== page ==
Need to find out about this point if it is my fault or Revit's fault. So far it seems to be Revit's fault, since I am allowed to modify parts of elements that are inside groups without entering the edit gropu mode, and those changes are not reflected to other instances of the group. A little bug, hopefully it will be solved on Revit 2013.

BTW, I found the solution again via RevitWikiHelp, awesome database of solutions.

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Revit: Calculating the weight of structural members (and how to Fix that "Inconsistent Units" Problem)

Calculated values give sometimes "inconsistent units" errors. there is a fix for that of course.
Català - Castellano - Deutsch
I recently blogged about using Revit for Quantity Take Off. One of the things I was mentioning was the need to obtain the total steel weight to be able to estimate the costs of a steel structure. This is how I did it.

The main idea was to obtain the weight of the steel members. I will use the beams and bracing elements schedule for this example. I had families for the structural members with a weight per lineal meter parameter in them (I introduced that parameter myself from steel catalogs). I still needed to get Revit to calculate the total weight of each element with a fórmula. To do that, we need to add a new column on the schedule with a calculated value (length of the structural element times the weight per linear meter). On the Schedule view, click the Edit button near the "Fields" text in the properties palette. Then you will get a dialog like the one below (I am assuming you already have created a Schedule for Structural Beams and Bracing, and added the W parameter were you have entered the Weight per Linear Meter for each type of structural member).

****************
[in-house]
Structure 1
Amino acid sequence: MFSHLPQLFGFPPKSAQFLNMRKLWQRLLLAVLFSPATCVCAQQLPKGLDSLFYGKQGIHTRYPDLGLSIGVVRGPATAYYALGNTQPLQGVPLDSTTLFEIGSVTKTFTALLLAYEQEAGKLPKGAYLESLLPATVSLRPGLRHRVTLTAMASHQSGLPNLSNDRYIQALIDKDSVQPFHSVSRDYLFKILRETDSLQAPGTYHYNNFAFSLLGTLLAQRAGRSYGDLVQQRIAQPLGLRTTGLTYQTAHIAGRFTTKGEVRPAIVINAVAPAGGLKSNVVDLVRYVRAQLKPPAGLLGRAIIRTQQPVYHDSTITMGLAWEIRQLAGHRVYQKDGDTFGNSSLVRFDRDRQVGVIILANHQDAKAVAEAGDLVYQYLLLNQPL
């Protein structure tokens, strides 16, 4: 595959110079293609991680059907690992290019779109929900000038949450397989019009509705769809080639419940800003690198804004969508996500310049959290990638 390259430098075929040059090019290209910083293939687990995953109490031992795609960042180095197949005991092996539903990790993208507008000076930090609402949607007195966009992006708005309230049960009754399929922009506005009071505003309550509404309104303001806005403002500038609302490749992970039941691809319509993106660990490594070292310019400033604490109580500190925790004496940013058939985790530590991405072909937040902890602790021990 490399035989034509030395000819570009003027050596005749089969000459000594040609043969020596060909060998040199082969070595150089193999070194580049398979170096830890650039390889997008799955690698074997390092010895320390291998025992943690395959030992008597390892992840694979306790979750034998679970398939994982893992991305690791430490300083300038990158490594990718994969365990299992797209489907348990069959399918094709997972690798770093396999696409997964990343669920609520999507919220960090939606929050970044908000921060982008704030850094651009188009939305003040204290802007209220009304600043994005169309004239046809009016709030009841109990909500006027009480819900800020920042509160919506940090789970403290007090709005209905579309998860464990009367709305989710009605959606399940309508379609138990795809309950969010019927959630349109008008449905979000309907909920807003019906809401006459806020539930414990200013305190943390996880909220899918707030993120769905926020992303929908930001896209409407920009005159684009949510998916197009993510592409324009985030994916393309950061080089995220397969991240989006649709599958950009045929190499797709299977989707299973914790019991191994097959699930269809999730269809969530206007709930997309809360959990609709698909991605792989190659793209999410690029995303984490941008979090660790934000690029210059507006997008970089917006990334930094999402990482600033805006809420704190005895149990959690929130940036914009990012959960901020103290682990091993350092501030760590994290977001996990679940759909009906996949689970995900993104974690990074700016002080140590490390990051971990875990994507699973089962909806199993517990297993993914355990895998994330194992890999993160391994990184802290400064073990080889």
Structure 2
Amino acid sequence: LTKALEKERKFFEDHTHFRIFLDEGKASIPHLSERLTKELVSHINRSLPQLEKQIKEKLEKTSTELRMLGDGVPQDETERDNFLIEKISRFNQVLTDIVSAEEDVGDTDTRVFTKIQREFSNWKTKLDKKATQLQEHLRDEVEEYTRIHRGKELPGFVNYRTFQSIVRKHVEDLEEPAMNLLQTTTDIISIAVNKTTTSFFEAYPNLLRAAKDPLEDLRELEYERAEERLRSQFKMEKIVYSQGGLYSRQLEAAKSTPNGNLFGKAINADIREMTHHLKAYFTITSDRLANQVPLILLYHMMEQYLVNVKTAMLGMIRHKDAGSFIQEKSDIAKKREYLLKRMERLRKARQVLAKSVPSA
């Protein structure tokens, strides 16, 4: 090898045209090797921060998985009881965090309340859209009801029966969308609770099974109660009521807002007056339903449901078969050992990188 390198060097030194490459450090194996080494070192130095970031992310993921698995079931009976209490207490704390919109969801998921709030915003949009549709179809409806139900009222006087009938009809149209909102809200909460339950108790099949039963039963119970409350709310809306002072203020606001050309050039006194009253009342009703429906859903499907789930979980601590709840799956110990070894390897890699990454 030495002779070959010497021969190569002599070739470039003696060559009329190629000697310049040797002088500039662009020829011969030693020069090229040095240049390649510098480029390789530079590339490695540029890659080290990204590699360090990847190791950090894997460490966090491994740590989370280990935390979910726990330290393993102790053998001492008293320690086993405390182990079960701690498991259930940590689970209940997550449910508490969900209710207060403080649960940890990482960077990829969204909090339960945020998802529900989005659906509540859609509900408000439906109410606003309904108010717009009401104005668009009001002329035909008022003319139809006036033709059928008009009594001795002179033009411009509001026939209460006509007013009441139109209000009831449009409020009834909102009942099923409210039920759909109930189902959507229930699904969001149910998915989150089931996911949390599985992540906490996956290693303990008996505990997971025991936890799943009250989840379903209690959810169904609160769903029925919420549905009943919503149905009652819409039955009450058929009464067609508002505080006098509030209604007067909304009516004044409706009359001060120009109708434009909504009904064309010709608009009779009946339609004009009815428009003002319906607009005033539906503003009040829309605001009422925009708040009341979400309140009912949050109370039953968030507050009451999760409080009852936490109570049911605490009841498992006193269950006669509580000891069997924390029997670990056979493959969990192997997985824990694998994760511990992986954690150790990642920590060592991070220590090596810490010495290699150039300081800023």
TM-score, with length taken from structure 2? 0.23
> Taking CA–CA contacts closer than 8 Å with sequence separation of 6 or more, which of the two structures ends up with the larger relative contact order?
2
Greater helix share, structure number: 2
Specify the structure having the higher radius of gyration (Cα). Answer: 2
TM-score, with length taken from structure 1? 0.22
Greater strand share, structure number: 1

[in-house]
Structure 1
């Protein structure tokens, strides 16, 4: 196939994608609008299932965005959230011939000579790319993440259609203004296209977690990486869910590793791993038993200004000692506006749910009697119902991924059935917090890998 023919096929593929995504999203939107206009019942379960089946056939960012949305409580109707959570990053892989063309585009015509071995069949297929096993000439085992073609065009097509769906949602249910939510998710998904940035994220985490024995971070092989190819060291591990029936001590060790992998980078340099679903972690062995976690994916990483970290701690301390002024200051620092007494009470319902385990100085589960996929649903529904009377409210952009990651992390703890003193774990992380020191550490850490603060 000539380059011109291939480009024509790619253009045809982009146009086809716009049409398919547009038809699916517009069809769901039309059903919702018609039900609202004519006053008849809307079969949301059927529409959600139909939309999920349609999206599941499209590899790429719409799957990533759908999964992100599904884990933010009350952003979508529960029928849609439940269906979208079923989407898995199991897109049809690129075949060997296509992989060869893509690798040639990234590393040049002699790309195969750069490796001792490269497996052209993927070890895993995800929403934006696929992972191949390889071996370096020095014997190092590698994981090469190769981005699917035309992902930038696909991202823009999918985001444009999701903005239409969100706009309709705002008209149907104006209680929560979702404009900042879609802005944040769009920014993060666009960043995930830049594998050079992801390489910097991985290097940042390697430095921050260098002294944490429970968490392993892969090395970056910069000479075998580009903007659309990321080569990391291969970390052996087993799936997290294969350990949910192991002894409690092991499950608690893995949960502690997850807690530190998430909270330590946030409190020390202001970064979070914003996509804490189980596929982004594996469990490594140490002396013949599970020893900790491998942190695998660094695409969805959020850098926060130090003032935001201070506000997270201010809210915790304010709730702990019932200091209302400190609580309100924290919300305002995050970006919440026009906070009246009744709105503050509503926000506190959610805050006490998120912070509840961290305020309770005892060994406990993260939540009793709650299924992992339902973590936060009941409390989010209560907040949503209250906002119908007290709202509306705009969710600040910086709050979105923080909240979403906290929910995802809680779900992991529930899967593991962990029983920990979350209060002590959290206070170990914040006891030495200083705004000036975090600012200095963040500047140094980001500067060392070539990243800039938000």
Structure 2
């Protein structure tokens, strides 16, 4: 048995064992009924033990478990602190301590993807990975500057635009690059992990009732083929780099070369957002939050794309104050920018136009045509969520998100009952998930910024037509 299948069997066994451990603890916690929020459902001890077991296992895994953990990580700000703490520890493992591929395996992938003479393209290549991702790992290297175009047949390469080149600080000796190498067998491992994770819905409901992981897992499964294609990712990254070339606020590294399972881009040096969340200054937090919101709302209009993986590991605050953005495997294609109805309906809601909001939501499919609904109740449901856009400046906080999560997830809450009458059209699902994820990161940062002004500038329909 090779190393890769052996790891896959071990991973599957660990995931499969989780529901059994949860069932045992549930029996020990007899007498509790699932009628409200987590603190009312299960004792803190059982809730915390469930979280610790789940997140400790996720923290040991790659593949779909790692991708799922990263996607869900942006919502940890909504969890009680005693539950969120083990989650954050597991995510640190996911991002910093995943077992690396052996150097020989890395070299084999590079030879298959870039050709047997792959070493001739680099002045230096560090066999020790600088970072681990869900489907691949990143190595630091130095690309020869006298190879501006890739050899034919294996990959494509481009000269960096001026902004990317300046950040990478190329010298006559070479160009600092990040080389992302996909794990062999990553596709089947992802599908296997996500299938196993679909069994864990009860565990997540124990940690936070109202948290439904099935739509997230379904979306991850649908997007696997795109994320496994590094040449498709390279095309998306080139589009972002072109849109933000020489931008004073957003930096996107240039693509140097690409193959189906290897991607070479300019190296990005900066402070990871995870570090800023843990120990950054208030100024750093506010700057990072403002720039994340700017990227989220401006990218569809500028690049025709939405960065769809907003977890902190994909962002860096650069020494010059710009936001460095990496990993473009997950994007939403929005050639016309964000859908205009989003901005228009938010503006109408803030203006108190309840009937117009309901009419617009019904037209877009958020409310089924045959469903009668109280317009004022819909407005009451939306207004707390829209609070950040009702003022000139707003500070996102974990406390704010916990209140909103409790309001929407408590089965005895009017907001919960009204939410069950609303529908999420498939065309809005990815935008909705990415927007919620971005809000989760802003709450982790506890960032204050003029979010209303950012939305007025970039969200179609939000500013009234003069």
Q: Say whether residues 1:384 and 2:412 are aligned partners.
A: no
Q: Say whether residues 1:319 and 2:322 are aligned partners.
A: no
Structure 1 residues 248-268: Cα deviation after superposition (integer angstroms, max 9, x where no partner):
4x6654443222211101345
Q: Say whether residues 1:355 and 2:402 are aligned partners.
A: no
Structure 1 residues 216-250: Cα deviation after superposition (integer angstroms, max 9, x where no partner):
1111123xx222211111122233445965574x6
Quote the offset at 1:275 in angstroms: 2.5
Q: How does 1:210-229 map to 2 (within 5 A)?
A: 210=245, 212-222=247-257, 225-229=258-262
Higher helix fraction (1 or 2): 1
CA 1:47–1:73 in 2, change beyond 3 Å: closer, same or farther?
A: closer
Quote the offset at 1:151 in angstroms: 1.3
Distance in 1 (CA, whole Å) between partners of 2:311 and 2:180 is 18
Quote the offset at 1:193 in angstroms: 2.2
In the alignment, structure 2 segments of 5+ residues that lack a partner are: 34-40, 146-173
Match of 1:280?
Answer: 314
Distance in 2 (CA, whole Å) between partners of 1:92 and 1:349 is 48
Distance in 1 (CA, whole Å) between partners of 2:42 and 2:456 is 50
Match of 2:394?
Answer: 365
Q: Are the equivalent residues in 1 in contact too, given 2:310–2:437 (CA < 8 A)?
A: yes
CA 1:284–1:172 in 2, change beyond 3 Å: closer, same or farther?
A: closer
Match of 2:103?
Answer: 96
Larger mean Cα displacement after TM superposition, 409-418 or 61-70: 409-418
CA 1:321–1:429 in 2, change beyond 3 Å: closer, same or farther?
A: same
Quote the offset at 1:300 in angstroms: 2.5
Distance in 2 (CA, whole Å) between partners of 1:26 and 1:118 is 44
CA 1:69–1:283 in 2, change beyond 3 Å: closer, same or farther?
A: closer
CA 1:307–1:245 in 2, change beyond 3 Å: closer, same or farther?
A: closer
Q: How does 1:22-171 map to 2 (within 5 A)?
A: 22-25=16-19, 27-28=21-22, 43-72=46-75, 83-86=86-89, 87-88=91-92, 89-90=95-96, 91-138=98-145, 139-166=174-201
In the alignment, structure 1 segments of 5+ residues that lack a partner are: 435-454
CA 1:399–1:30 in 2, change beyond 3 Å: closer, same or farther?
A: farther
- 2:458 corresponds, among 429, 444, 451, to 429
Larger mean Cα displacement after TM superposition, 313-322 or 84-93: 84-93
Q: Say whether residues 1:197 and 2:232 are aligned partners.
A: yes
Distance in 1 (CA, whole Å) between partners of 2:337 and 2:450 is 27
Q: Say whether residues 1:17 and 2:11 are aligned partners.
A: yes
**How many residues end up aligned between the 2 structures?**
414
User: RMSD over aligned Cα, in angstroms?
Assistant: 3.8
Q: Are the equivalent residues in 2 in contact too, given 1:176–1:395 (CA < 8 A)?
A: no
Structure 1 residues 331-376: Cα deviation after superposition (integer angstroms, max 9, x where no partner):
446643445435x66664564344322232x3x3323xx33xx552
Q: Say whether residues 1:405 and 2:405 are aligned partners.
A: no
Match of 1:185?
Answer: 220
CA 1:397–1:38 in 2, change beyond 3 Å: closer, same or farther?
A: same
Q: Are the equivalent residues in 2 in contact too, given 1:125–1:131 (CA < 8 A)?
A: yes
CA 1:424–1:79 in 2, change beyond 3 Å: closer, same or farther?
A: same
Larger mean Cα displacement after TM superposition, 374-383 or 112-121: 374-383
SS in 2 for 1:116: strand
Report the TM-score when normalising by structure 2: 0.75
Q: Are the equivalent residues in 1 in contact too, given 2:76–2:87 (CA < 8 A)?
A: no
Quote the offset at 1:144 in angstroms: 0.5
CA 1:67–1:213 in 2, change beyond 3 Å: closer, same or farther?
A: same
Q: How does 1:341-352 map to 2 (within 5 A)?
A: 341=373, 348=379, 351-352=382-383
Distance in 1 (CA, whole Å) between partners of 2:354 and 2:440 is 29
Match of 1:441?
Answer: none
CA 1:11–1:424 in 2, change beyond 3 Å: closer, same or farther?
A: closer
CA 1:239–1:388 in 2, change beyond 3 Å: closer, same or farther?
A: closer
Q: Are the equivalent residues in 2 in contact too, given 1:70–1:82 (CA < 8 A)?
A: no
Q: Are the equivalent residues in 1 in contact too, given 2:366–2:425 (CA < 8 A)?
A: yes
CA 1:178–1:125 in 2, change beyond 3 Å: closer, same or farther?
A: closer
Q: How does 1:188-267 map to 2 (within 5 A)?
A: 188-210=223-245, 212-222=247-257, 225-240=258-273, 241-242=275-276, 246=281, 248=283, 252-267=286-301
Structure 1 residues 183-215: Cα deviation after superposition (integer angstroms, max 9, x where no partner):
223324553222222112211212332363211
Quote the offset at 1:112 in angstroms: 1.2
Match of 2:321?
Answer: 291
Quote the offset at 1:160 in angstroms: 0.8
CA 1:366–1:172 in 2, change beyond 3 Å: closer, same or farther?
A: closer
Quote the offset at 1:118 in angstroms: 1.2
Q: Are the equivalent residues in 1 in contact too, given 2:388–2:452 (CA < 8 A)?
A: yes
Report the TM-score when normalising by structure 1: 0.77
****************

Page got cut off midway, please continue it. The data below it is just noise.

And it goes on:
The value we want is a calculated value of the default Length parameter times the W parameter we have created (Weight per linear meter). So we click on Calculated Value and we get the following dialog.

Logic seems to ask for a simple formula like "Length * W", but if we use this formula, we will get an error saying "Inconsistent Units". Well, this point turned me crazy for some hours until I found a solution here. Apparently, since Length has meters as units, you can't get a calculated value unless you "neutralize" those units. The formula in this case to be able to get the calculated value is "Length / 1 m * W". By dividing Length by 1 m, we eliminate the units from the formula and we are able to obtain the much wanted total weight for each element.